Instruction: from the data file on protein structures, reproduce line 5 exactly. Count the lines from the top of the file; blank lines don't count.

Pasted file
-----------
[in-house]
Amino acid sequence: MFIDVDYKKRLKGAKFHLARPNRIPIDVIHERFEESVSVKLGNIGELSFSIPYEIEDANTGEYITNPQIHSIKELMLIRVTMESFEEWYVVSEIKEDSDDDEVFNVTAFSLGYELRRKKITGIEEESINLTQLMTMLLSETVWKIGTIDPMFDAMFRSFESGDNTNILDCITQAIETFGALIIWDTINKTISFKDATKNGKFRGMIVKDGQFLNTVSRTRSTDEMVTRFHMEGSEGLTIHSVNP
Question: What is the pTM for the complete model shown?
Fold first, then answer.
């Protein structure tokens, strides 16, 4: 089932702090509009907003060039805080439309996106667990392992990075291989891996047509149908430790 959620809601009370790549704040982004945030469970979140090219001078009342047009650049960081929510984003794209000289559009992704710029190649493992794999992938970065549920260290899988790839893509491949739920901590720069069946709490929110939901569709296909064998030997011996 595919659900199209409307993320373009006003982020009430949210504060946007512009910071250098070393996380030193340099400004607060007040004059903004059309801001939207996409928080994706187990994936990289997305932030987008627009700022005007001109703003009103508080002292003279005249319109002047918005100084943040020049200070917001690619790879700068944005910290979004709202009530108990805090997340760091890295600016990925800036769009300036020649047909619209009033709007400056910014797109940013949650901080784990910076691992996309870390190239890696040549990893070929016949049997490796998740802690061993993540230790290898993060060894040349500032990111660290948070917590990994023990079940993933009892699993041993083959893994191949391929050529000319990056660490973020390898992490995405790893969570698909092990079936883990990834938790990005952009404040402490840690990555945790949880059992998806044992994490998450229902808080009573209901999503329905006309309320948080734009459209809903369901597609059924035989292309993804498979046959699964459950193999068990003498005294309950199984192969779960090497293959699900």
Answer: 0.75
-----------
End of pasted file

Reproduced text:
């Protein structure tokens, strides 16, 4: 089932702090509009907003060039805080439309996106667990392992990075291989891996047509149908430790 959620809601009370790549704040982004945030469970979140090219001078009342047009650049960081929510984003794209000289559009992704710029190649493992794999992938970065549920260290899988790839893509491949739920901590720069069946709490929110939901569709296909064998030997011996 595919659900199209409307993320373009006003982020009430949210504060946007512009910071250098070393996380030193340099400004607060007040004059903004059309801001939207996409928080994706187990994936990289997305932030987008627009700022005007001109703003009103508080002292003279005249319109002047918005100084943040020049200070917001690619790879700068944005910290979004709202009530108990805090997340760091890295600016990925800036769009300036020649047909619209009033709007400056910014797109940013949650901080784990910076691992996309870390190239890696040549990893070929016949049997490796998740802690061993993540230790290898993060060894040349500032990111660290948070917590990994023990079940993933009892699993041993083959893994191949391929050529000319990056660490973020390898992490995405790893969570698909092990079936883990990834938790990005952009404040402490840690990555945790949880059992998806044992994490998450229902808080009573209901999503329905006309309320948080734009459209809903369901597609059924035989292309993804498979046959699964459950193999068990003498005294309950199984192969779960090497293959699900």